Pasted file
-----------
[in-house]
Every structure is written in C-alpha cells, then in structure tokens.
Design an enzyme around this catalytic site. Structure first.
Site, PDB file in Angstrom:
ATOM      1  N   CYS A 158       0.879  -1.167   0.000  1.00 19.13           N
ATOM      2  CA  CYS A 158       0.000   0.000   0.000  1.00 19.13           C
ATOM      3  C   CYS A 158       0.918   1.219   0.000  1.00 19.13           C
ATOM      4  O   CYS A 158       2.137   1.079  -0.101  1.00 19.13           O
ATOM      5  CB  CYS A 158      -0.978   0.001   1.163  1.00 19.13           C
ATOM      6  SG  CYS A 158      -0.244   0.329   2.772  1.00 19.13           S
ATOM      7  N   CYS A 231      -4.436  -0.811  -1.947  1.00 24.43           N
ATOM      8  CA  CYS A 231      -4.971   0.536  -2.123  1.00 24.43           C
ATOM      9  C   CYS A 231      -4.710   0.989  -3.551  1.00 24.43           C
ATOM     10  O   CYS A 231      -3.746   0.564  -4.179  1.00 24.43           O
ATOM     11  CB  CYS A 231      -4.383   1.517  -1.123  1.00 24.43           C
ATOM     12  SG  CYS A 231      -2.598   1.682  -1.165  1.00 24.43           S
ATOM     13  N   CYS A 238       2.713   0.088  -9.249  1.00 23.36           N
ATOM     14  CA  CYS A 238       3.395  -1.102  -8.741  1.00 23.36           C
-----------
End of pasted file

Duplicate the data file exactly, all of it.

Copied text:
[in-house]
Every structure is written in C-alpha cells, then in structure tokens.
Design an enzyme around this catalytic site. Structure first.
Site, PDB file in Angstrom:
ATOM      1  N   CYS A 158       0.879  -1.167   0.000  1.00 19.13           N
ATOM      2  CA  CYS A 158       0.000   0.000   0.000  1.00 19.13           C
ATOM      3  C   CYS A 158       0.918   1.219   0.000  1.00 19.13           C
ATOM      4  O   CYS A 158       2.137   1.079  -0.101  1.00 19.13           O
ATOM      5  CB  CYS A 158      -0.978   0.001   1.163  1.00 19.13           C
ATOM      6  SG  CYS A 158      -0.244   0.329   2.772  1.00 19.13           S
ATOM      7  N   CYS A 231      -4.436  -0.811  -1.947  1.00 24.43           N
ATOM      8  CA  CYS A 231      -4.971   0.536  -2.123  1.00 24.43           C
ATOM      9  C   CYS A 231      -4.710   0.989  -3.551  1.00 24.43           C
ATOM     10  O   CYS A 231      -3.746   0.564  -4.179  1.00 24.43           O
ATOM     11  CB  CYS A 231      -4.383   1.517  -1.123  1.00 24.43           C
ATOM     12  SG  CYS A 231      -2.598   1.682  -1.165  1.00 24.43           S
ATOM     13  N   CYS A 238       2.713   0.088  -9.249  1.00 23.36           N
ATOM     14  CA  CYS A 238       3.395  -1.102  -8.741  1.00 23.36           C